10 Things to be Aware of When Going through Change
What's next for you?
You’ve decided to make a change in your life. Change can be difficult for the human brain to confront and move through.
If you feel like you’re faking it in the beginning, that’s normal. You are in the process of letting go of an old you that you no longer need and bringing in a new you which sometimes creates some friction with some old ideas an
Think of this friction as a necessary catalyst for change into the new you. You have to strike the match to light a fire.
Your strength needed for the future is worth the struggle you may be having right now. Try to think of it as the chick that has to find its way out of the shell or a caterpillar that is transforming into a butterfly but has to struggle to get out of the cocoon. In the end, it’s all worth it because you’re worth it— you are growing and transforming yourself.
Focus on living the life you want to live, regardless of what is going on around you; regardless of the opinions and limiting beliefs of others.
Who you are and who you are not is entirely up to you. When you honestly acknowledge who you are not, it can deliver you into a place of who you truly are. Focus on that.
Let that honesty carry you and guide you in your responsibilities to yourself and others.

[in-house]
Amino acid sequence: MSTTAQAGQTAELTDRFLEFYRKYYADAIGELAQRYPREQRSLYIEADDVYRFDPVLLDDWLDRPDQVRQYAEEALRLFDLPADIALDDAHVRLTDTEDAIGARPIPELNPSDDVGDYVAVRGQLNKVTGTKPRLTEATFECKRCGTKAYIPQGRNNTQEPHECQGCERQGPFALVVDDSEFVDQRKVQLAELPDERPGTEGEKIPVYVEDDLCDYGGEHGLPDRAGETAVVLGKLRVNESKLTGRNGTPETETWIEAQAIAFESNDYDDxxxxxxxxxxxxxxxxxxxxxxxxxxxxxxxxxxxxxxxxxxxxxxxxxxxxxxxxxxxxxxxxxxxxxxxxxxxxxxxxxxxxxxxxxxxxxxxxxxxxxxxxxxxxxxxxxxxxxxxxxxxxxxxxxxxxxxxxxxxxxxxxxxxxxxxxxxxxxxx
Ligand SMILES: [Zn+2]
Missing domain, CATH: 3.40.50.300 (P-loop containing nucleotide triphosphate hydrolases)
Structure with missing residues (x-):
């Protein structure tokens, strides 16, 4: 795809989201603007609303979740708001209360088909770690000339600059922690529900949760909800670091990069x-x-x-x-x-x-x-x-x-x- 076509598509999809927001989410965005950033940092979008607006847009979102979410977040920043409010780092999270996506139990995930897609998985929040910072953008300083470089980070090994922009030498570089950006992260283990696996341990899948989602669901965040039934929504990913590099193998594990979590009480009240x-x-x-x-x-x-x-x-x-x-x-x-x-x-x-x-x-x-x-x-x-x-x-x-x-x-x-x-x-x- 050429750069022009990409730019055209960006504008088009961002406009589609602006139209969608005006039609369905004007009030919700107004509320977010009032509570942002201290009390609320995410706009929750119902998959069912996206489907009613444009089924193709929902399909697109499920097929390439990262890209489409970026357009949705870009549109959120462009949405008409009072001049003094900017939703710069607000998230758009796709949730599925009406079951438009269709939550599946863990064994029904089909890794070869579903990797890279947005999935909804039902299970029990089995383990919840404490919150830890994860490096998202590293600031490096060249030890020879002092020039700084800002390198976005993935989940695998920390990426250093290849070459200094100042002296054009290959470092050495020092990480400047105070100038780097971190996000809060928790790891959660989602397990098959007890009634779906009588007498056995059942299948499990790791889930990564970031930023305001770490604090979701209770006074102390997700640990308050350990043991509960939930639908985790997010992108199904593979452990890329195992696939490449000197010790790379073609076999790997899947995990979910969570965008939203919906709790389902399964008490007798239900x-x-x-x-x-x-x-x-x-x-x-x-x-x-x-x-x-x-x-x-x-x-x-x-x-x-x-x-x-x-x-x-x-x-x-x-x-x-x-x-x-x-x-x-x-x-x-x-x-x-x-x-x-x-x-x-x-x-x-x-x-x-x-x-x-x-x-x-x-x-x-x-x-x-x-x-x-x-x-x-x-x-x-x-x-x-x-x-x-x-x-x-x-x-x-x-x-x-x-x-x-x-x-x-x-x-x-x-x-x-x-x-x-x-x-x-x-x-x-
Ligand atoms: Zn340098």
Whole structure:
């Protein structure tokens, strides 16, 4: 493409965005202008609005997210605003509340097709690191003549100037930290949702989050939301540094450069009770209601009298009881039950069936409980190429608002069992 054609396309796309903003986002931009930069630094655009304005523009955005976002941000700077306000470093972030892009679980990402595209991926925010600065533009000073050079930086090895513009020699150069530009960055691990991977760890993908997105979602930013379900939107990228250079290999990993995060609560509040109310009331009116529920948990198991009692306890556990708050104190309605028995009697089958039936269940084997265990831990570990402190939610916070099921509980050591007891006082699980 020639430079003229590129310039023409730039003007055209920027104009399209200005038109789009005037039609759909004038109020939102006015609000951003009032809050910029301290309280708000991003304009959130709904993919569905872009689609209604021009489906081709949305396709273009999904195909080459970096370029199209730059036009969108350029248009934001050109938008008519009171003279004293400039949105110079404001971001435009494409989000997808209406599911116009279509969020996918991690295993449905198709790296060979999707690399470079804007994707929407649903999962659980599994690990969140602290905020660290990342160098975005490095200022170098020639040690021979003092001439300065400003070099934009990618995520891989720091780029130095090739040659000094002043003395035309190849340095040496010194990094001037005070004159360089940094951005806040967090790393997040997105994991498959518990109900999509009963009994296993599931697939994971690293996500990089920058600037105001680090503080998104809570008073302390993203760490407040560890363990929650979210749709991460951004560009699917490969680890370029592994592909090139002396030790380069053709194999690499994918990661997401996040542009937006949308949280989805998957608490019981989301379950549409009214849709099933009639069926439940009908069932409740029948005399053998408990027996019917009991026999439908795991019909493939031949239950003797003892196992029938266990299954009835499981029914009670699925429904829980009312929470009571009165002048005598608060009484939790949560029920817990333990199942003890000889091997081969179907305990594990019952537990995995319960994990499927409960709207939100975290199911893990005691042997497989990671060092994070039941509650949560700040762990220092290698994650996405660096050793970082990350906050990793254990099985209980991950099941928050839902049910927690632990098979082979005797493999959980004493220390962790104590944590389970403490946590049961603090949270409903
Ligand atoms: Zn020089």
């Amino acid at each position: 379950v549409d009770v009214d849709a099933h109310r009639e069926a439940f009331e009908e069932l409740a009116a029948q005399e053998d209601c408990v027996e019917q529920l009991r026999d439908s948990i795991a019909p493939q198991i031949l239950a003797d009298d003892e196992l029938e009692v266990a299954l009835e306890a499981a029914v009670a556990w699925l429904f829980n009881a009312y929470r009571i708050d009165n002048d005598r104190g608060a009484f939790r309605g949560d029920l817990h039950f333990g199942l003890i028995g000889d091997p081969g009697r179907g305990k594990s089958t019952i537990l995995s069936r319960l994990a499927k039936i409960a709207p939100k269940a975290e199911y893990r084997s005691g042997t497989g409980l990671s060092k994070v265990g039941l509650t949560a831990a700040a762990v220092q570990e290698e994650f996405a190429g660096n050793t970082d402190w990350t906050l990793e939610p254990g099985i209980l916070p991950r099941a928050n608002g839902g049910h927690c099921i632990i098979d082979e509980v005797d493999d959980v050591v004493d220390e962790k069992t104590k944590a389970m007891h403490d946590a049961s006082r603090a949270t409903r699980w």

Who do you have to become, what qualities do you need to achieve a sense of meaningfulness in your life?
Think about these qualities and the people that demonstrated them well.
Focus on how you can demonstrate and portray these qualities in your own life, to fulfill you in your own way.
About the Author
For over 20 years, John Cane has coached, given workshops, and speaking engagements to over 100,000 individuals in areas of Self Improvement. John is a Certified Integrated Wellness Coach (Mind, Body, and Spirit), motivational speaker, and writer. John has six certifications in Personal Growth and Development. His Journal Books, ‘Important Things I Remember from My Parents’ are used in schools and as an aid for adults in gaining strength in self-identity in the United States and Europe. John is currently a Doctoral Candidate in Psychology & Interdisciplinary Inquiry at Saybrook University, Pasadena, California. His focus of research is in the psychology of creativity and its relationship to survival and fulfillment in everyday life.